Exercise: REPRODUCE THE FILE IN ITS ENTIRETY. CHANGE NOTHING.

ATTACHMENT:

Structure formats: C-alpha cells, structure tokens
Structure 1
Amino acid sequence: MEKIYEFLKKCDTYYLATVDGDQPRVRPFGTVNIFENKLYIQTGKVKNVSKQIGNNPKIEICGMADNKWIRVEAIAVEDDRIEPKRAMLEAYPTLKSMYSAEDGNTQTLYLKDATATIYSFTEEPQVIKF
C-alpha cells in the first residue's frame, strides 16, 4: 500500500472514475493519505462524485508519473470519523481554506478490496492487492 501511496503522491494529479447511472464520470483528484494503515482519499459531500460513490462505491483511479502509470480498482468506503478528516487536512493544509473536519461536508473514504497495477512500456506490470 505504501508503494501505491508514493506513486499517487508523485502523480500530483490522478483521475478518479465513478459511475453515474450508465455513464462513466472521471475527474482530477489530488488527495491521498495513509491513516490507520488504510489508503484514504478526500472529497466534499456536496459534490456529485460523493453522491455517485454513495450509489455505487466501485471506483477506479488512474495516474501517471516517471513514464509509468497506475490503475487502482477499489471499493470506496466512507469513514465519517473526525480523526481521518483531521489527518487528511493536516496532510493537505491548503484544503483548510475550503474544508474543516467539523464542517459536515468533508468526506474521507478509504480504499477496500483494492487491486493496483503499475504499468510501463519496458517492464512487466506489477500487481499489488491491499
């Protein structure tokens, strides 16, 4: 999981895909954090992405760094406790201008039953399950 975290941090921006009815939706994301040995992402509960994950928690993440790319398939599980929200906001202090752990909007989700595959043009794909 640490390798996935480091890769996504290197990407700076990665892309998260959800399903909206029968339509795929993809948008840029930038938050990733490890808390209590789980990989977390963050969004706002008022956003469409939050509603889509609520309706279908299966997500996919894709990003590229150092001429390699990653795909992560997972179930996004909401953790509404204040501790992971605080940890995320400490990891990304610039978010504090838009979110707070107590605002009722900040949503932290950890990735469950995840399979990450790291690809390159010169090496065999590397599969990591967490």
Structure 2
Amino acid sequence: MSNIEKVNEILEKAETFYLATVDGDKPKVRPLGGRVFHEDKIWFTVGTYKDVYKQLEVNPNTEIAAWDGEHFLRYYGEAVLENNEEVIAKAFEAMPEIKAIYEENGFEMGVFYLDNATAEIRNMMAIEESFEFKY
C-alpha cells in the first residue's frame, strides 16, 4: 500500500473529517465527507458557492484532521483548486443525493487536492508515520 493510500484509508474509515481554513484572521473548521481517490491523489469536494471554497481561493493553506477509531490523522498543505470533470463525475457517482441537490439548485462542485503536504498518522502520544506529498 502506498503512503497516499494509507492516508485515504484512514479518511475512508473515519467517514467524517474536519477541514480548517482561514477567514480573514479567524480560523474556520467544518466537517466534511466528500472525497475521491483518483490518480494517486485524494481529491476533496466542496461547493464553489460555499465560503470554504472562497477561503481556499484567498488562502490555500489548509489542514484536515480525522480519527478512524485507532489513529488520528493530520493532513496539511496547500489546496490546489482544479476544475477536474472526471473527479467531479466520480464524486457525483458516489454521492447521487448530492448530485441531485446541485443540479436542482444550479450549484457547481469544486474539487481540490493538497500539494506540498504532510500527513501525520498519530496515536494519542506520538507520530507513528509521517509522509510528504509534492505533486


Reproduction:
Structure formats: C-alpha cells, structure tokens
Structure 1
Amino acid sequence: MEKIYEFLKKCDTYYLATVDGDQPRVRPFGTVNIFENKLYIQTGKVKNVSKQIGNNPKIEICGMADNKWIRVEAIAVEDDRIEPKRAMLEAYPTLKSMYSAEDGNTQTLYLKDATATIYSFTEEPQVIKF
C-alpha cells in the first residue's frame, strides 16, 4: 500500500472514475493519505462524485508519473470519523481554506478490496492487492 501511496503522491494529479447511472464520470483528484494503515482519499459531500460513490462505491483511479502509470480498482468506503478528516487536512493544509473536519461536508473514504497495477512500456506490470 505504501508503494501505491508514493506513486499517487508523485502523480500530483490522478483521475478518479465513478459511475453515474450508465455513464462513466472521471475527474482530477489530488488527495491521498495513509491513516490507520488504510489508503484514504478526500472529497466534499456536496459534490456529485460523493453522491455517485454513495450509489455505487466501485471506483477506479488512474495516474501517471516517471513514464509509468497506475490503475487502482477499489471499493470506496466512507469513514465519517473526525480523526481521518483531521489527518487528511493536516496532510493537505491548503484544503483548510475550503474544508474543516467539523464542517459536515468533508468526506474521507478509504480504499477496500483494492487491486493496483503499475504499468510501463519496458517492464512487466506489477500487481499489488491491499
């Protein structure tokens, strides 16, 4: 999981895909954090992405760094406790201008039953399950 975290941090921006009815939706994301040995992402509960994950928690993440790319398939599980929200906001202090752990909007989700595959043009794909 640490390798996935480091890769996504290197990407700076990665892309998260959800399903909206029968339509795929993809948008840029930038938050990733490890808390209590789980990989977390963050969004706002008022956003469409939050509603889509609520309706279908299966997500996919894709990003590229150092001429390699990653795909992560997972179930996004909401953790509404204040501790992971605080940890995320400490990891990304610039978010504090838009979110707070107590605002009722900040949503932290950890990735469950995840399979990450790291690809390159010169090496065999590397599969990591967490």
Structure 2
Amino acid sequence: MSNIEKVNEILEKAETFYLATVDGDKPKVRPLGGRVFHEDKIWFTVGTYKDVYKQLEVNPNTEIAAWDGEHFLRYYGEAVLENNEEVIAKAFEAMPEIKAIYEENGFEMGVFYLDNATAEIRNMMAIEESFEFKY
C-alpha cells in the first residue's frame, strides 16, 4: 500500500473529517465527507458557492484532521483548486443525493487536492508515520 493510500484509508474509515481554513484572521473548521481517490491523489469536494471554497481561493493553506477509531490523522498543505470533470463525475457517482441537490439548485462542485503536504498518522502520544506529498 502506498503512503497516499494509507492516508485515504484512514479518511475512508473515519467517514467524517474536519477541514480548517482561514477567514480573514479567524480560523474556520467544518466537517466534511466528500472525497475521491483518483490518480494517486485524494481529491476533496466542496461547493464553489460555499465560503470554504472562497477561503481556499484567498488562502490555500489548509489542514484536515480525522480519527478512524485507532489513529488520528493530520493532513496539511496547500489546496490546489482544479476544475477536474472526471473527479467531479466520480464524486457525483458516489454521492447521487448530492448530485441531485446541485443540479436542482444550479450549484457547481469544486474539487481540490493538497500539494506540498504532510500527513501525520498519530496515536494519542506520538507520530507513528509521517509522509510528504509534492505533486